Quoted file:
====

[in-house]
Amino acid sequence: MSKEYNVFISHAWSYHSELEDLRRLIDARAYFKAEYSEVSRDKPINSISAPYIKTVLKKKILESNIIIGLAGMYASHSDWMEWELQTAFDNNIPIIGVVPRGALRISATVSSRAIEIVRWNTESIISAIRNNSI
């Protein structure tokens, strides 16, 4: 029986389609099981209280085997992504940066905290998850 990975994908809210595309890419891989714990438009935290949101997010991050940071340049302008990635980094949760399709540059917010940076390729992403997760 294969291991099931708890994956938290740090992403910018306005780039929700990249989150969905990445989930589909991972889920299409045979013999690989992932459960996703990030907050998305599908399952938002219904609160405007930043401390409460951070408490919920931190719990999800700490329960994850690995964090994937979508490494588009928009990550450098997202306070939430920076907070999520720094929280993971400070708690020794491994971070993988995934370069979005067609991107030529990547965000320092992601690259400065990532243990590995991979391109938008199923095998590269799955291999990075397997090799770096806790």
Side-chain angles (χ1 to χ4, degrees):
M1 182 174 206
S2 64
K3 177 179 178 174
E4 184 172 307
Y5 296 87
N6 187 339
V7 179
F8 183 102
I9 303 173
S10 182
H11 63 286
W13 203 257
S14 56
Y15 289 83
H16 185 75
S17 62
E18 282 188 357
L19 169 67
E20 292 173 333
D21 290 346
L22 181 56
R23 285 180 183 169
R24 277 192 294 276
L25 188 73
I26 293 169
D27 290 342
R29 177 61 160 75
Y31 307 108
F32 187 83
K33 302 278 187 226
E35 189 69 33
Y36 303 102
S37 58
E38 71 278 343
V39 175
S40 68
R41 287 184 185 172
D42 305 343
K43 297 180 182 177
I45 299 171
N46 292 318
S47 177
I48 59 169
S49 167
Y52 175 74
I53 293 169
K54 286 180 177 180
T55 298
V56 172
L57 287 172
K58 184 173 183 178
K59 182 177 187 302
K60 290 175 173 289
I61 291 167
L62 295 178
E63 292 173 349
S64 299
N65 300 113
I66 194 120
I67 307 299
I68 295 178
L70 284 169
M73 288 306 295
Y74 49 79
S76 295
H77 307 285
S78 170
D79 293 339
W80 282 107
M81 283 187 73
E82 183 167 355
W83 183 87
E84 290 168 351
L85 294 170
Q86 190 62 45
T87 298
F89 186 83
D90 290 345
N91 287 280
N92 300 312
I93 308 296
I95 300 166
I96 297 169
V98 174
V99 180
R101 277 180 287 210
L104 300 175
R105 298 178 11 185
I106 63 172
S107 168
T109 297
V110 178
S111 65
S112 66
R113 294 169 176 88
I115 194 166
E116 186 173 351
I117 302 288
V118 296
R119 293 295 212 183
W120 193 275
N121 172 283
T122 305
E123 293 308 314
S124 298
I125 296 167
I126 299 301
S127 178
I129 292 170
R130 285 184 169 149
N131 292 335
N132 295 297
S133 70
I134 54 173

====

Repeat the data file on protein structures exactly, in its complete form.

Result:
[in-house]
Amino acid sequence: MSKEYNVFISHAWSYHSELEDLRRLIDARAYFKAEYSEVSRDKPINSISAPYIKTVLKKKILESNIIIGLAGMYASHSDWMEWELQTAFDNNIPIIGVVPRGALRISATVSSRAIEIVRWNTESIISAIRNNSI
């Protein structure tokens, strides 16, 4: 029986389609099981209280085997992504940066905290998850 990975994908809210595309890419891989714990438009935290949101997010991050940071340049302008990635980094949760399709540059917010940076390729992403997760 294969291991099931708890994956938290740090992403910018306005780039929700990249989150969905990445989930589909991972889920299409045979013999690989992932459960996703990030907050998305599908399952938002219904609160405007930043401390409460951070408490919920931190719990999800700490329960994850690995964090994937979508490494588009928009990550450098997202306070939430920076907070999520720094929280993971400070708690020794491994971070993988995934370069979005067609991107030529990547965000320092992601690259400065990532243990590995991979391109938008199923095998590269799955291999990075397997090799770096806790």
Side-chain angles (χ1 to χ4, degrees):
M1 182 174 206
S2 64
K3 177 179 178 174
E4 184 172 307
Y5 296 87
N6 187 339
V7 179
F8 183 102
I9 303 173
S10 182
H11 63 286
W13 203 257
S14 56
Y15 289 83
H16 185 75
S17 62
E18 282 188 357
L19 169 67
E20 292 173 333
D21 290 346
L22 181 56
R23 285 180 183 169
R24 277 192 294 276
L25 188 73
I26 293 169
D27 290 342
R29 177 61 160 75
Y31 307 108
F32 187 83
K33 302 278 187 226
E35 189 69 33
Y36 303 102
S37 58
E38 71 278 343
V39 175
S40 68
R41 287 184 185 172
D42 305 343
K43 297 180 182 177
I45 299 171
N46 292 318
S47 177
I48 59 169
S49 167
Y52 175 74
I53 293 169
K54 286 180 177 180
T55 298
V56 172
L57 287 172
K58 184 173 183 178
K59 182 177 187 302
K60 290 175 173 289
I61 291 167
L62 295 178
E63 292 173 349
S64 299
N65 300 113
I66 194 120
I67 307 299
I68 295 178
L70 284 169
M73 288 306 295
Y74 49 79
S76 295
H77 307 285
S78 170
D79 293 339
W80 282 107
M81 283 187 73
E82 183 167 355
W83 183 87
E84 290 168 351
L85 294 170
Q86 190 62 45
T87 298
F89 186 83
D90 290 345
N91 287 280
N92 300 312
I93 308 296
I95 300 166
I96 297 169
V98 174
V99 180
R101 277 180 287 210
L104 300 175
R105 298 178 11 185
I106 63 172
S107 168
T109 297
V110 178
S111 65
S112 66
R113 294 169 176 88
I115 194 166
E116 186 173 351
I117 302 288
V118 296
R119 293 295 212 183
W120 193 275
N121 172 283
T122 305
E123 293 308 314
S124 298
I125 296 167
I126 299 301
S127 178
I129 292 170
R130 285 184 169 149
N131 292 335
N132 295 297
S133 70
I134 54 173